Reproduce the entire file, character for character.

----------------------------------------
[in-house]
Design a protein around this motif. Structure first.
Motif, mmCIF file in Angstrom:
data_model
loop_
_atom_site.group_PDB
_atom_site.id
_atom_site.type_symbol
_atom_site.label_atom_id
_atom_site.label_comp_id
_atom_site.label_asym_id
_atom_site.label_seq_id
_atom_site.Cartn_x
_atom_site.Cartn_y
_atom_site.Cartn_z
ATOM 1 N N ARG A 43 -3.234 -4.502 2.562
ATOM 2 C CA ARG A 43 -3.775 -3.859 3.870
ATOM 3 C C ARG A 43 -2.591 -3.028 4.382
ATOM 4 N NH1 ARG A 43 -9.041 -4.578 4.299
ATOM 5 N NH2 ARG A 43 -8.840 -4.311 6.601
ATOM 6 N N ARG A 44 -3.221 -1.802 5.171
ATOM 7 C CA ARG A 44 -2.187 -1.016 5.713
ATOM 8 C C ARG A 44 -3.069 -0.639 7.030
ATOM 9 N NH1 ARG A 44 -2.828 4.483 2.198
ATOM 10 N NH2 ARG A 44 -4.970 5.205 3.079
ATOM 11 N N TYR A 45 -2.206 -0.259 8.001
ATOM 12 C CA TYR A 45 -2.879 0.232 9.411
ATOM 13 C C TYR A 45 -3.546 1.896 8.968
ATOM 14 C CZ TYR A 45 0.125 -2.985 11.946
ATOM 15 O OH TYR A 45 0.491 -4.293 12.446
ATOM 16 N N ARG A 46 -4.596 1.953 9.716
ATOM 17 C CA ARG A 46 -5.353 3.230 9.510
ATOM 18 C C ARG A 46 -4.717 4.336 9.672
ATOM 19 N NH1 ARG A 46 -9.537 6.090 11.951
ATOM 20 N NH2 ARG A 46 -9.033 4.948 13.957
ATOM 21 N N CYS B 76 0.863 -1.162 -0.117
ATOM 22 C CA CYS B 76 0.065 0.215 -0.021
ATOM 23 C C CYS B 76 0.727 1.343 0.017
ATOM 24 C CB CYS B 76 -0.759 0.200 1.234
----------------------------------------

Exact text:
[in-house]
Design a protein around this motif. Structure first.
Motif, mmCIF file in Angstrom:
data_model
loop_
_atom_site.group_PDB
_atom_site.id
_atom_site.type_symbol
_atom_site.label_atom_id
_atom_site.label_comp_id
_atom_site.label_asym_id
_atom_site.label_seq_id
_atom_site.Cartn_x
_atom_site.Cartn_y
_atom_site.Cartn_z
ATOM 1 N N ARG A 43 -3.234 -4.502 2.562
ATOM 2 C CA ARG A 43 -3.775 -3.859 3.870
ATOM 3 C C ARG A 43 -2.591 -3.028 4.382
ATOM 4 N NH1 ARG A 43 -9.041 -4.578 4.299
ATOM 5 N NH2 ARG A 43 -8.840 -4.311 6.601
ATOM 6 N N ARG A 44 -3.221 -1.802 5.171
ATOM 7 C CA ARG A 44 -2.187 -1.016 5.713
ATOM 8 C C ARG A 44 -3.069 -0.639 7.030
ATOM 9 N NH1 ARG A 44 -2.828 4.483 2.198
ATOM 10 N NH2 ARG A 44 -4.970 5.205 3.079
ATOM 11 N N TYR A 45 -2.206 -0.259 8.001
ATOM 12 C CA TYR A 45 -2.879 0.232 9.411
ATOM 13 C C TYR A 45 -3.546 1.896 8.968
ATOM 14 C CZ TYR A 45 0.125 -2.985 11.946
ATOM 15 O OH TYR A 45 0.491 -4.293 12.446
ATOM 16 N N ARG A 46 -4.596 1.953 9.716
ATOM 17 C CA ARG A 46 -5.353 3.230 9.510
ATOM 18 C C ARG A 46 -4.717 4.336 9.672
ATOM 19 N NH1 ARG A 46 -9.537 6.090 11.951
ATOM 20 N NH2 ARG A 46 -9.033 4.948 13.957
ATOM 21 N N CYS B 76 0.863 -1.162 -0.117
ATOM 22 C CA CYS B 76 0.065 0.215 -0.021
ATOM 23 C C CYS B 76 0.727 1.343 0.017
ATOM 24 C CB CYS B 76 -0.759 0.200 1.234